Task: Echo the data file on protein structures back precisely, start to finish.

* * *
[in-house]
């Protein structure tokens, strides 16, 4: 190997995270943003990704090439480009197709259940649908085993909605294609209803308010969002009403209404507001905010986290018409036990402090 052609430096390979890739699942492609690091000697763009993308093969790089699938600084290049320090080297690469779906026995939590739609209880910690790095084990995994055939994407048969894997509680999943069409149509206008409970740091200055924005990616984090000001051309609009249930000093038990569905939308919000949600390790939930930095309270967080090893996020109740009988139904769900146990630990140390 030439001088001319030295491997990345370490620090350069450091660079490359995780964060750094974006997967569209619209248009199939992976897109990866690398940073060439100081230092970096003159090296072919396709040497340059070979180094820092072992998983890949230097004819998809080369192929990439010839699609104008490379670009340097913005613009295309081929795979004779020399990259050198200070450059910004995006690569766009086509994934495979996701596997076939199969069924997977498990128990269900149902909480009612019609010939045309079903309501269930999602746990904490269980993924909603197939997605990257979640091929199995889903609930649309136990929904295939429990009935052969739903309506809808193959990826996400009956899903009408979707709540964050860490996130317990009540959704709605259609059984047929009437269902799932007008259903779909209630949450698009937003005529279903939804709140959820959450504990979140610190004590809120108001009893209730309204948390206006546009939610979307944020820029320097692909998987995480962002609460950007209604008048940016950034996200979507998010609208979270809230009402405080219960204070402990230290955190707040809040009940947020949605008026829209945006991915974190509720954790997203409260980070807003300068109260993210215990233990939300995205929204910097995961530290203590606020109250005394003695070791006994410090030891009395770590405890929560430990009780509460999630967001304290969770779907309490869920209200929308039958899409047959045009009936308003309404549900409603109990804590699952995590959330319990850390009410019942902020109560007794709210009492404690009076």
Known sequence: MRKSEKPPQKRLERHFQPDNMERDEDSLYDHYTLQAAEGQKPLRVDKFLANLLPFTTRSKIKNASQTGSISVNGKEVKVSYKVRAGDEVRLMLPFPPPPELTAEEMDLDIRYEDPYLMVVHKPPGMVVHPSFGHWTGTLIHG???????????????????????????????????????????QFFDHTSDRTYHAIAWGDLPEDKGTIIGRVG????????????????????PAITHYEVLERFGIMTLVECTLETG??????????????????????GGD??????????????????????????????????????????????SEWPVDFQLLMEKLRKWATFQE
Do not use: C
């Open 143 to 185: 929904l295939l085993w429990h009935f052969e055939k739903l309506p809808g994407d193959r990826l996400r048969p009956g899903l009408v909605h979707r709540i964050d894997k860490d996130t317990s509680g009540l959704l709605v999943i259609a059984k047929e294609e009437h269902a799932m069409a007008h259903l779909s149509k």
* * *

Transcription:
[in-house]
């Protein structure tokens, strides 16, 4: 190997995270943003990704090439480009197709259940649908085993909605294609209803308010969002009403209404507001905010986290018409036990402090 052609430096390979890739699942492609690091000697763009993308093969790089699938600084290049320090080297690469779906026995939590739609209880910690790095084990995994055939994407048969894997509680999943069409149509206008409970740091200055924005990616984090000001051309609009249930000093038990569905939308919000949600390790939930930095309270967080090893996020109740009988139904769900146990630990140390 030439001088001319030295491997990345370490620090350069450091660079490359995780964060750094974006997967569209619209248009199939992976897109990866690398940073060439100081230092970096003159090296072919396709040497340059070979180094820092072992998983890949230097004819998809080369192929990439010839699609104008490379670009340097913005613009295309081929795979004779020399990259050198200070450059910004995006690569766009086509994934495979996701596997076939199969069924997977498990128990269900149902909480009612019609010939045309079903309501269930999602746990904490269980993924909603197939997605990257979640091929199995889903609930649309136990929904295939429990009935052969739903309506809808193959990826996400009956899903009408979707709540964050860490996130317990009540959704709605259609059984047929009437269902799932007008259903779909209630949450698009937003005529279903939804709140959820959450504990979140610190004590809120108001009893209730309204948390206006546009939610979307944020820029320097692909998987995480962002609460950007209604008048940016950034996200979507998010609208979270809230009402405080219960204070402990230290955190707040809040009940947020949605008026829209945006991915974190509720954790997203409260980070807003300068109260993210215990233990939300995205929204910097995961530290203590606020109250005394003695070791006994410090030891009395770590405890929560430990009780509460999630967001304290969770779907309490869920209200929308039958899409047959045009009936308003309404549900409603109990804590699952995590959330319990850390009410019942902020109560007794709210009492404690009076």
Known sequence: MRKSEKPPQKRLERHFQPDNMERDEDSLYDHYTLQAAEGQKPLRVDKFLANLLPFTTRSKIKNASQTGSISVNGKEVKVSYKVRAGDEVRLMLPFPPPPELTAEEMDLDIRYEDPYLMVVHKPPGMVVHPSFGHWTGTLIHG???????????????????????????????????????????QFFDHTSDRTYHAIAWGDLPEDKGTIIGRVG????????????????????PAITHYEVLERFGIMTLVECTLETG??????????????????????GGD??????????????????????????????????????????????SEWPVDFQLLMEKLRKWATFQE
Do not use: C
């Open 143 to 185: 929904l295939l085993w429990h009935f052969e055939k739903l309506p809808g994407d193959r990826l996400r048969p009956g899903l009408v909605h979707r709540i964050d894997k860490d996130t317990s509680g009540l959704l709605v999943i259609a059984k047929e294609e009437h269902a799932m069409a007008h259903l779909s149509k």